After a discussion at work a few days ago, I realized I don't have a very good understanding of what RF energy is truly like. I've always thought, via physics and EE classes, that all EM waves (including RF) was a nice set of electric and magnetic fields oscillating perpendicular to each other, with the direction of propagation in the third axis like the picture below shows.
Well, after reading this thread
I realized it is not so simple. I understand the last answer in the thread, how the EM waves actually look like they are 'ballooning' out of the antenna and the frequency is actually the flux-density, that is where the 'sine wave' comes from. That makes perfect sense. Check out this simulationvideo
What doesn't make a lot of sense to me is how to visualize the amplitude with this simulation. The reason for my confusion is this:
Take a microwave oven for example, where the outer mesh holes are essentially acting as a waveguide and blocking the microwaves from escaping. This is said to be because the wavelength of the RF is too large. Ok.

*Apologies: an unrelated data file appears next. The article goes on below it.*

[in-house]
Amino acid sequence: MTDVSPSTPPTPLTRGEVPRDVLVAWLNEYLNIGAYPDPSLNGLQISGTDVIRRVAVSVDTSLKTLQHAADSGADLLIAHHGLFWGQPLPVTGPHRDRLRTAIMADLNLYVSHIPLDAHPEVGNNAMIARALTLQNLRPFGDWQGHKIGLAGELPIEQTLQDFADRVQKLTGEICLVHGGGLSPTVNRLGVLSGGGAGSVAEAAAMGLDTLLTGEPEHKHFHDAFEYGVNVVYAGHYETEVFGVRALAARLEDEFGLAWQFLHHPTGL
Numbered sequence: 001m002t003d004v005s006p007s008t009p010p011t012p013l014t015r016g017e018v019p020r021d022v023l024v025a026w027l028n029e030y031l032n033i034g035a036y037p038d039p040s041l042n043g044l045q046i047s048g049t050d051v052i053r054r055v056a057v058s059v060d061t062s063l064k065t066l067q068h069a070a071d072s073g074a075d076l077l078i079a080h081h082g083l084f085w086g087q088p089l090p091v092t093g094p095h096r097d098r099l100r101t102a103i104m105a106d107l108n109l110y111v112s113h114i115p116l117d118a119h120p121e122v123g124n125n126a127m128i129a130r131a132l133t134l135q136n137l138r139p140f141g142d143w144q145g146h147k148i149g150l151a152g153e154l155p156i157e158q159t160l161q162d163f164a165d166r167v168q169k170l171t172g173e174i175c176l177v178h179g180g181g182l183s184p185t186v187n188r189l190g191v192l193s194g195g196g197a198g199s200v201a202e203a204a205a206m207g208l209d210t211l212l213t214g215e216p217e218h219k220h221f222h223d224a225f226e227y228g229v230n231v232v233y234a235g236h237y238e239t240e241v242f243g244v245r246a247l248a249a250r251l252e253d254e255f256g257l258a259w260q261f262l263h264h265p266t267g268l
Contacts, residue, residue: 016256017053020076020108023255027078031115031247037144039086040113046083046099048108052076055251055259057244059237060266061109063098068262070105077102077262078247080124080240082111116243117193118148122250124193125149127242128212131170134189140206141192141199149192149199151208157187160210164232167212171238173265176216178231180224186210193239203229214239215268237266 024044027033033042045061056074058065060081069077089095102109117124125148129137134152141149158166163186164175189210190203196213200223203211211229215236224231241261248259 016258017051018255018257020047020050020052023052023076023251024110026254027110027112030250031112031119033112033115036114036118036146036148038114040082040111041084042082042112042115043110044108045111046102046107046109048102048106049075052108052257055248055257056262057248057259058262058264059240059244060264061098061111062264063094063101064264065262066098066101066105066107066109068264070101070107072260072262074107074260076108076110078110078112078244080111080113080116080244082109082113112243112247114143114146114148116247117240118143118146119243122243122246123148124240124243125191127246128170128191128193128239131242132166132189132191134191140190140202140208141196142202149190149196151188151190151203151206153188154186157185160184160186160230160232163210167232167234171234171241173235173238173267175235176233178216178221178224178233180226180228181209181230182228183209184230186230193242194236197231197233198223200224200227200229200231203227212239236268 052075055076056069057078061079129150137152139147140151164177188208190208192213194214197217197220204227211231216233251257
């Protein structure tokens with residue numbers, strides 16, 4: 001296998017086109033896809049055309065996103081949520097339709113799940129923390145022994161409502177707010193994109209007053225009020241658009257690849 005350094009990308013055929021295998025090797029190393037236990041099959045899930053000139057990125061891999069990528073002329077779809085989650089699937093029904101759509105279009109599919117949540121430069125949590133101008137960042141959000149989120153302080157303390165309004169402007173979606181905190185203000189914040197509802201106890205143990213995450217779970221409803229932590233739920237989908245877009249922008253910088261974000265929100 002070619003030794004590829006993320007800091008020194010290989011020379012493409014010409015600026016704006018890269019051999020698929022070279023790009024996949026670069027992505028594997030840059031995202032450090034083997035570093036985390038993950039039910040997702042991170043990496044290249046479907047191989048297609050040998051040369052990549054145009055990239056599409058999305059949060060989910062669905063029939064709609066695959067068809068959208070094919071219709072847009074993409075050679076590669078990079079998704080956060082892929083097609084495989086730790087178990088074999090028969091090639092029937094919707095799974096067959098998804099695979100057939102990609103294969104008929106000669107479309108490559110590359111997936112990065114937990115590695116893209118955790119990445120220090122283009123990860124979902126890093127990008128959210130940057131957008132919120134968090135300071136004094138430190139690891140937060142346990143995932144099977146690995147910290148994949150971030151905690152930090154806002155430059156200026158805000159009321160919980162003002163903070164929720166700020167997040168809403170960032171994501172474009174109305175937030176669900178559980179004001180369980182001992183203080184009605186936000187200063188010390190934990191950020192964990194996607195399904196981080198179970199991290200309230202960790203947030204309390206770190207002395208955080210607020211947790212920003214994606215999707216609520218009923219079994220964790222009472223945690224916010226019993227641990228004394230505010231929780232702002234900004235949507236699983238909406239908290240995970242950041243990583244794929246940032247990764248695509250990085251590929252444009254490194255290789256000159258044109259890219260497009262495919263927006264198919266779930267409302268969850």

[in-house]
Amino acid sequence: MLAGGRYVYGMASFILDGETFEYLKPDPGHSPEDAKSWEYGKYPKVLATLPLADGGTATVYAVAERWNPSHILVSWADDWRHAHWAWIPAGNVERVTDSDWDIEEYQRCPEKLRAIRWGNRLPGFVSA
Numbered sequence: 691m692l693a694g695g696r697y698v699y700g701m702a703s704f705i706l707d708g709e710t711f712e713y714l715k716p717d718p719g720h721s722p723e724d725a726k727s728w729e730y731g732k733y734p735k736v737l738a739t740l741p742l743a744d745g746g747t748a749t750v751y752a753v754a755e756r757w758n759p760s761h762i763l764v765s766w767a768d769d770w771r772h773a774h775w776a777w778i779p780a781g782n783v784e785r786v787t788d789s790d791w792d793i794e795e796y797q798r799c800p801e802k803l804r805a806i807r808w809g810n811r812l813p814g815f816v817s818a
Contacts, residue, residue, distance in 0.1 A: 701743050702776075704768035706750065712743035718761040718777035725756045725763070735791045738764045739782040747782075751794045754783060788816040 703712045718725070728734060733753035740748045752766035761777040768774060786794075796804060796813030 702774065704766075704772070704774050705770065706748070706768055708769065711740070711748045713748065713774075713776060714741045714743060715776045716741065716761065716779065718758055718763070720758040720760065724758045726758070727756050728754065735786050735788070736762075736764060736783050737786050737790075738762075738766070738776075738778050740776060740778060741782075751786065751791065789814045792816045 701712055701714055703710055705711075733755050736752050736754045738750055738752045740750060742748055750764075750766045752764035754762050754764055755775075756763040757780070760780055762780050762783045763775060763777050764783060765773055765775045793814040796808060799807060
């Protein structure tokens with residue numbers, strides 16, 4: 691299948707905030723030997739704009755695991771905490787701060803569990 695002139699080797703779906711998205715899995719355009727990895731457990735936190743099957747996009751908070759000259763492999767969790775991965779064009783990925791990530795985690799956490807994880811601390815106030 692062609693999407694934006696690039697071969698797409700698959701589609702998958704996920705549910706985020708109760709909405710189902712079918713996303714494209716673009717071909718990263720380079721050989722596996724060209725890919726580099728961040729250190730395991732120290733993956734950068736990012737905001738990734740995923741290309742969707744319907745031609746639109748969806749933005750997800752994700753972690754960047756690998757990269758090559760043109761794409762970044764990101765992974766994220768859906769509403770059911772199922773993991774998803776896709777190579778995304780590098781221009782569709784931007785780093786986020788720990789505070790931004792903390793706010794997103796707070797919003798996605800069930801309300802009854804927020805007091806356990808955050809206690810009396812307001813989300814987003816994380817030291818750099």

In the picture below, I've tried to illustrate my confusion. I've always thought the waves travel like picture 1, and in that case the amplitude would cause the wave to not pass through the hole. My coworkers are telling me in reality it is like picture 2, where the sine wave is actually moving to the side and that is why the wavelength is what causes it to be blocked.
I just don't understand how #2 could be true, based on the simulation video above. If the frequency is based on the flux density, it would seem the sine waves are 'in-line' with the direction of propagation just like picture 1 in my drawing. I also don't understand how a receiving antenna could make sense of any data if the sine wave component is perpendicular to it, to my understand the data must be in-line, with each bit moving towards the antenna like picture 1.
I hope this makes sense, I am awfully bothered by my confusion and would love some clarification. Thanks!